by Christina Carlson-
Sitting in a tent with the wind whipping around the edges of its white canvas, I watch a man in an immaculate 19th century wool uniform carefully tie up paper gun cartridges with twine. As he works, the man explains the way the cartridges are made and why he believes it is important to make them that way. Suddenly, a cheery jingle fills the tent and the man reaches in his pocket, pulling out a cellular phone. “I invented that last night,” he says jokingly, then turns off the phone and continues working on the cartridges. Thus begins my first experience with Civil War reenactors.
Our class has covered the topic of reenactments and their relationship to public history before, but I wanted to convey my own personal experience observing and interacting with Civil War reenactors this weekend on the campus of SIUE. Although I was not working directly with the reenactors at the sesquicentennial events, I did find time to wander around their bivouac site. Aside from the slightly humorous incident with the ringing cell phone, I encountered several other parts of the encampment that seemed slightly contradictory. As Jeremy talked about in his recent post, many reenactors, perhaps particularly Civil War reenactors, tend to focus on the details of their uniform, weapon, and aspects of camp life. Yet, even as a “captain” in the sesquicentennial group talked about how accurately the cannon they fired was to the original, the group did not fire actual cannon balls; the noise and smoke were caused by gun powder wrapped in aluminum foil. In another instance, a “nurse” had bandages that she noted were very close to what civil war-era surgeons would have used, but a plastic bottled labeled “fake blood” was in plain view beside the bandages.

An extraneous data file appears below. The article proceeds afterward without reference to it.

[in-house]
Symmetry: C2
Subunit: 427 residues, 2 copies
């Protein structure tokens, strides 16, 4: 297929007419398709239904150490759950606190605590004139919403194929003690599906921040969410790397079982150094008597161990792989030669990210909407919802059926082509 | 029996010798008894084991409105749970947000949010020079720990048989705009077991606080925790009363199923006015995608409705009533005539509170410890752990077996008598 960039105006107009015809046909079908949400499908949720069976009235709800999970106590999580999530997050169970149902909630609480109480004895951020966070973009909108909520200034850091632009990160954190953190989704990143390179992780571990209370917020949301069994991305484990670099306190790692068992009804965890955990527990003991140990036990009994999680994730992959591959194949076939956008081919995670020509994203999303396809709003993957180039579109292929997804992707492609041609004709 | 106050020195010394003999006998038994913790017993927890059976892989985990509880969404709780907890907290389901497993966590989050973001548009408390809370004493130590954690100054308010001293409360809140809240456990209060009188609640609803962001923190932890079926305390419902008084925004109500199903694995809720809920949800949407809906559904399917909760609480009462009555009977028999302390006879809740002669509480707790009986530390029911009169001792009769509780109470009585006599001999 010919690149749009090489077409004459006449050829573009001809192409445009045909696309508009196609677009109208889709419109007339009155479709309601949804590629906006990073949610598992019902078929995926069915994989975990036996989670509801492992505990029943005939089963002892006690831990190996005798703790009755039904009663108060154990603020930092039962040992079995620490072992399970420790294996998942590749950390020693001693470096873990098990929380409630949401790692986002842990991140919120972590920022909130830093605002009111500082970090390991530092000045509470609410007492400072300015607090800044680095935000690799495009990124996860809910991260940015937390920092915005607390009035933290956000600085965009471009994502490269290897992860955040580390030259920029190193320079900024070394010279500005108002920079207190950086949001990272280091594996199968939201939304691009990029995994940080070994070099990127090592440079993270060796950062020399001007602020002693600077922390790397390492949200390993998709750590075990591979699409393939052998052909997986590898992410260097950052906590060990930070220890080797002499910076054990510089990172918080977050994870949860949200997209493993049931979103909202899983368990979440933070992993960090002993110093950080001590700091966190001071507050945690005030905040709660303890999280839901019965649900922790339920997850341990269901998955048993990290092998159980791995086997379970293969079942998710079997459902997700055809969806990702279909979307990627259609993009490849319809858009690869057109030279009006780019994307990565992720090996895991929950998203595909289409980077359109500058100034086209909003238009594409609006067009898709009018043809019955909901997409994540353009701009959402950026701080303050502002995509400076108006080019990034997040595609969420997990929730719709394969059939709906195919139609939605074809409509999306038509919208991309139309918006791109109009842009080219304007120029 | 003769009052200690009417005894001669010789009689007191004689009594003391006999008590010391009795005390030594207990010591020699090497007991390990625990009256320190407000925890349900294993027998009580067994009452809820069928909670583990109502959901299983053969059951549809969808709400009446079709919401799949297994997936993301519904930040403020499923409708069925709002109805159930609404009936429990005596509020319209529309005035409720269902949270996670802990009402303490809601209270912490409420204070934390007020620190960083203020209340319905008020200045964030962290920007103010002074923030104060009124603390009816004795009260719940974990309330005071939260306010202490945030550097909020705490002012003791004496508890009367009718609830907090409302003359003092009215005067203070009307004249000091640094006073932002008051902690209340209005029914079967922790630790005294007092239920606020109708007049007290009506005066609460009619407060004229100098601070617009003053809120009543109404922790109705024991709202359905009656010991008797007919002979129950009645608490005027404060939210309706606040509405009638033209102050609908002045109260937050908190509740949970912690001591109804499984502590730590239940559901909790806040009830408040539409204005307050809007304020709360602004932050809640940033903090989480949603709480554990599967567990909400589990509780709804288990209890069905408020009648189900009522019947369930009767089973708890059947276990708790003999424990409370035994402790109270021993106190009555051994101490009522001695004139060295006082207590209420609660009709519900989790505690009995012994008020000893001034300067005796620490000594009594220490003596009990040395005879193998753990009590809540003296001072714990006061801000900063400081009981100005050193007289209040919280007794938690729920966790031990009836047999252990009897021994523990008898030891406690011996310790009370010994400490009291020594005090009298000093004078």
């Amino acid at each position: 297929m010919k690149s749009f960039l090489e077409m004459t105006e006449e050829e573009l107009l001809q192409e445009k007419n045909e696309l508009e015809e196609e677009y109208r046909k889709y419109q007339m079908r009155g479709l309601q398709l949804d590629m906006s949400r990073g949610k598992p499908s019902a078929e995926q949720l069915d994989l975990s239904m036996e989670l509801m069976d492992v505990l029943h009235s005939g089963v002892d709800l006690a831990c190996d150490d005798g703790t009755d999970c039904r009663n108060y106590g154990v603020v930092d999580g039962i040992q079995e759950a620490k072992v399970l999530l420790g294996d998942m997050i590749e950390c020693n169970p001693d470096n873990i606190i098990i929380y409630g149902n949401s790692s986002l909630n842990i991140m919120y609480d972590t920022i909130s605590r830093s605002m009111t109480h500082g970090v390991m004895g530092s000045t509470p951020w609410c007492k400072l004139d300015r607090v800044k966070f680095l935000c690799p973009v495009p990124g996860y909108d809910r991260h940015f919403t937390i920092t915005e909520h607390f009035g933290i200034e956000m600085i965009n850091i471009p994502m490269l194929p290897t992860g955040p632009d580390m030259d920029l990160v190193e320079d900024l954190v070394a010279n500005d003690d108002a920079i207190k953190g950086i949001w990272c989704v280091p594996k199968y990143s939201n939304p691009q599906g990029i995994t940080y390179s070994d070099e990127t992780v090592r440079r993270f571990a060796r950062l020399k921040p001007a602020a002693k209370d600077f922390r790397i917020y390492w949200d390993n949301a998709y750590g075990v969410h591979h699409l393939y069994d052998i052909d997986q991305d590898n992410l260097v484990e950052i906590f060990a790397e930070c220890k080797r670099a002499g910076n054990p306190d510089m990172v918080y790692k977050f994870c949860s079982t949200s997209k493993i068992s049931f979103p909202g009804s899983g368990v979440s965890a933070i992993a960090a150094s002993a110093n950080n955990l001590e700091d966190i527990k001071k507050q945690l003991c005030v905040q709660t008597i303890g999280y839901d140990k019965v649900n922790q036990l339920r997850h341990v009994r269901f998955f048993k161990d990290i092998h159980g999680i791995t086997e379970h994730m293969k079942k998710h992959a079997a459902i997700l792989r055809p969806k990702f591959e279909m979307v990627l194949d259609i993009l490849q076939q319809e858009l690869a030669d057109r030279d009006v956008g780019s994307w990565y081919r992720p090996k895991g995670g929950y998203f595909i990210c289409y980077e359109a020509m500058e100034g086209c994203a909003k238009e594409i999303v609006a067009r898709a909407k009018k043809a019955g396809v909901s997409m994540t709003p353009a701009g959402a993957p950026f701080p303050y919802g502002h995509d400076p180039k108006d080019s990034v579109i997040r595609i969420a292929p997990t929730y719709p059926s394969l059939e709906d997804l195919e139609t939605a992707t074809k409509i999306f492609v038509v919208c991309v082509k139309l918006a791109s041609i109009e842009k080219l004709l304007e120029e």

Inconsistencies such as this are quite revealing when it comes to reenactment as a whole. As has been noted before, although reenactors strive for accuracy in many aspects they can never truly reach back into another time or situation. After all, they do not shoot real cannons, or bleed real blood. In general, reenactment does not attempt to address larger historical questions, even as it attempts to convey a sense of authority about a certain historical time and situation.
Despite the shortcomings of reenactment as a form of public history, does it hold some value for public historians? I saw many people at the sesquicentennial events become excited about history and its possibilities. Both children and adults were enthralled with the working of an “actual” Civil War encampment in a way that is not always present in a more formal historical setting. Although I have often shied away from reenacting–as I see it as a form of history which generally does not address the larger themes of historical discourse–I now wonder if it cannot have some place in public history. Perhaps if we as public historians attempt to connect the finite details of camp life, military drills, and bandages to larger themes, reenactments could serve as an important link between the public and important historical questions. In this environment, discrepancies such as ringing cell phones could serve us and the public we address quite well. We could make the point that, although they did not have our modern technology, people in a certain time period were much like ourselves. It is this attempt to understand the humanity behind history that makes it worthwhile as a study at all.